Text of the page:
Month: October 2008
From all of us to all of you
Remember to be safe while acquiring your confectionery delights and don’t trip over your costume.
I have just finished editing this week’s episode a bit early due to Sue and I hitting the Digital Humanities and Computer Science Colloquium at the University of Chicago this weekend. During my time editing the main topic (on NeoGeo and academia) I noticed that I said ‘you know” WAY too many times and I just wanted to say I will be cutting back on my use of that particular phrase (yes, I said it THAT many times). I think this is one of our better topics in a while content wise, but I was apparently a little too laid back last weekend when we recorded it 🙂
I am a bit behind on updating the links page, but I have just added three new blogs/sites to the list:
If you would like us to add a link to your Geography blog or site, please send us an email. It will find its way to the list eventually!
Even though it’s a little late in the season, I couldn’t resist posting about a fun harvest time adventure for all ages – corn mazes! You can find people making them in lots of places where corn is grown (or maize for some of our readers), and of course they are often combined with those other fun down-on-the-farm activities like hay rides. Sadly, although I grew up in a corn-growing area and tromped through many cornfields, none of them were laid out into cool mazes.
Of course, for those of you who don’t want to miss out like I did, there are many resources on the Interwebs where you can find maps and directories of corn mazes, like Corn Mazes America or Corn Maze Directory, the USGS has a webpage on teaching Geography using corn mazes, and a site called Harvest Moon even has a virtual corn maze for people who’d rather not go outside at all.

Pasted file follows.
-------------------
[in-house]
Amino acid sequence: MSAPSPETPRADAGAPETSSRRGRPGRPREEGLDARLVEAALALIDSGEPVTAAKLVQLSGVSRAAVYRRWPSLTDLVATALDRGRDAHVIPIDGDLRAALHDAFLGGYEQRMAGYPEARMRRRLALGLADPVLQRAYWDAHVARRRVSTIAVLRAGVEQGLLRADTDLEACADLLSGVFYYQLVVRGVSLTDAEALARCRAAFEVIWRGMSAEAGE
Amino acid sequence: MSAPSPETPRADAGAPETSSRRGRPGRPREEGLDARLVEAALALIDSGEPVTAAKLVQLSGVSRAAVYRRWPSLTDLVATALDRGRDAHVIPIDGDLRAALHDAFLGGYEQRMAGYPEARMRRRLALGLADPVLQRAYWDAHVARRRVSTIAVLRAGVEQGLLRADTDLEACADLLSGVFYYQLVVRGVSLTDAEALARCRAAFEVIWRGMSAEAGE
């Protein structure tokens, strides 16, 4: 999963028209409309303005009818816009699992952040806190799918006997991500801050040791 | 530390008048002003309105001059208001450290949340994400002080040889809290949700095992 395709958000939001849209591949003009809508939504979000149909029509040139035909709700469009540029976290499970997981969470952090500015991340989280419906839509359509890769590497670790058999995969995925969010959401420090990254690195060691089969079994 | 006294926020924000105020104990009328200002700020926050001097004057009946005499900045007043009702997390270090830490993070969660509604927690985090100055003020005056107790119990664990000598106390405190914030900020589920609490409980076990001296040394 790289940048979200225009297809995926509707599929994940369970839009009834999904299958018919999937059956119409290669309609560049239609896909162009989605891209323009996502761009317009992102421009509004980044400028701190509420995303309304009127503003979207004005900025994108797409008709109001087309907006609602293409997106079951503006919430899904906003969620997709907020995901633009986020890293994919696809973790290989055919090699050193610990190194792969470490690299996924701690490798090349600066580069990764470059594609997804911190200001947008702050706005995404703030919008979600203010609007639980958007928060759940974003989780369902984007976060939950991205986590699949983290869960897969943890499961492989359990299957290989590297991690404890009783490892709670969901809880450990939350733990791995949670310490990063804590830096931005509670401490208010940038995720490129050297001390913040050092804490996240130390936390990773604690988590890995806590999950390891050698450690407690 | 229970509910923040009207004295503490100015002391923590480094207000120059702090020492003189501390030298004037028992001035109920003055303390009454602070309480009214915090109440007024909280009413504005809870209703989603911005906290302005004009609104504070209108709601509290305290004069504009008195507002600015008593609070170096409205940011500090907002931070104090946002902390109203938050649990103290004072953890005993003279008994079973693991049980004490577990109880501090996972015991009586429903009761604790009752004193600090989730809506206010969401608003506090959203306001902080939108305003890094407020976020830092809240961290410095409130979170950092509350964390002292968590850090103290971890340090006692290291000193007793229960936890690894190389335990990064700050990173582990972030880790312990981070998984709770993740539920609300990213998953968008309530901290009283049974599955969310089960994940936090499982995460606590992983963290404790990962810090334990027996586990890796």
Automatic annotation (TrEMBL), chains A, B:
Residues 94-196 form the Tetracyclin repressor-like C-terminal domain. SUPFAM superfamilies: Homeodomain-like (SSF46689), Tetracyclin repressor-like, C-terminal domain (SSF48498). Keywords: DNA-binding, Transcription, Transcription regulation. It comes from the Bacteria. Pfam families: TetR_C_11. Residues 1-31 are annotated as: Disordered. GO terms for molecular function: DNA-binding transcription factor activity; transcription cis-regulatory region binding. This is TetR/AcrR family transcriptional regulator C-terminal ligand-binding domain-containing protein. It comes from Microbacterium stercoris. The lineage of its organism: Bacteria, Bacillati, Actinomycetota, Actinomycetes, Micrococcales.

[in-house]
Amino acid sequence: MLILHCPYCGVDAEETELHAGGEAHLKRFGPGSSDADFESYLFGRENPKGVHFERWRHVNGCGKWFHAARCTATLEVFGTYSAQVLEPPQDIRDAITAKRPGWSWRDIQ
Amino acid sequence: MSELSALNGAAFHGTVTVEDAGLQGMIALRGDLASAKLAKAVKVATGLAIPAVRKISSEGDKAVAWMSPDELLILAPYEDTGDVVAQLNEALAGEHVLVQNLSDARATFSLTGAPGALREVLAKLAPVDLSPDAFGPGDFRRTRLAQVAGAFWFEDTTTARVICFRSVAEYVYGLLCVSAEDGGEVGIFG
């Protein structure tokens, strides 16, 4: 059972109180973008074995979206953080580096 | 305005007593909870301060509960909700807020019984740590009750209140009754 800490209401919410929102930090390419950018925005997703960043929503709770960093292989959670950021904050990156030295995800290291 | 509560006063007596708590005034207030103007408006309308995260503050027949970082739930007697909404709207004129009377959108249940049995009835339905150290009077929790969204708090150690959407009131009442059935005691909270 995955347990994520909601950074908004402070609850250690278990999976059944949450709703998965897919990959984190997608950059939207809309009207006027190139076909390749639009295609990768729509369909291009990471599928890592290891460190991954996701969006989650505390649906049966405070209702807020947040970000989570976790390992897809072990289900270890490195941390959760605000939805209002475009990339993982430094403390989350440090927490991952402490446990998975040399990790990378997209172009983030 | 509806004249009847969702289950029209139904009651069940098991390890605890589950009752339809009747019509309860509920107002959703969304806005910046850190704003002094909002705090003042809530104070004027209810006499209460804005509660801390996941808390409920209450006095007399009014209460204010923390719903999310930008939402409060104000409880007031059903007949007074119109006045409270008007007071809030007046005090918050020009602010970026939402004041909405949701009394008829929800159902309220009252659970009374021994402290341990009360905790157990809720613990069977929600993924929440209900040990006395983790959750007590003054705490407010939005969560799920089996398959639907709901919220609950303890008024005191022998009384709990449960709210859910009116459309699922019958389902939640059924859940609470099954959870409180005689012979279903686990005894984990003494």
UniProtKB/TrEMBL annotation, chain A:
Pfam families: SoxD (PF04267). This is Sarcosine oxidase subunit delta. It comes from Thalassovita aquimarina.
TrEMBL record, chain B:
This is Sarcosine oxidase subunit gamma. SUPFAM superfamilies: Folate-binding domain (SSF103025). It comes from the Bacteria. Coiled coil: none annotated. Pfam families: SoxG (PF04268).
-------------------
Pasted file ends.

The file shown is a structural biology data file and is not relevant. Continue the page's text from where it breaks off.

Our new poll will be a short run, but I feel it asks an important question…”What is your favorite Halloween themed candy?” The options are a short list of some to great options and includes: Chocolate, Caramel, Hard Candy, Candy Corn, and Bubble Gum.
Our outgoing poll had a tie between the folks heading to SEDAAG and the Rocky Mountain/Great Plains division meetings. The surprising part was how few people responded to the question, which I interpret to mean that most of you do not attend the regional AAG meetings. This does line-up with my experience at these meetings since overall attendance is definitely not proportional to the annual AAG meeting based on the area of each division.
We declare that it is the right of all peoples to acquire and consume as much sugar as is humanly possible in any form imaginable. As the veil begins to thin and we honor our ancestors as is the tradition on October 31 and November 1, it is imperative that spirits are high. In order to ensure maximum intake of the appropriate confectionery delights (aka all of them) I would propose a candy map. The map’s purpose would be to share knowledge of availability, location, and type of candy that is available. With the change of trick-or-treating from an all out assault on sweets to a careful maneuvering of connections and relations that ends in an ever decreasing amount of candy corn and marzipan fruits, the counter intuitive reversal of acquisition of all that is candied needs to be opposed and fought.
I propose that we band together to increase the potential of candy acquisition in 2009 through the use of geographic information and social networking (it’s a little late to start this year). I suggest that next year we combine the strengths of webmapping/mobile mapping and GeoRSS in order to create a realtime map of when different locals celebrate and locations with the best candy and possibly provide a way to vet locations to help parents find places they feel safe taking their children. Yeah, that is it. Maybe not ‘manifesto’ worthy, but I wanted to toss it out there. I will mention that candymap.org is available if anyone wants to get this started 🙂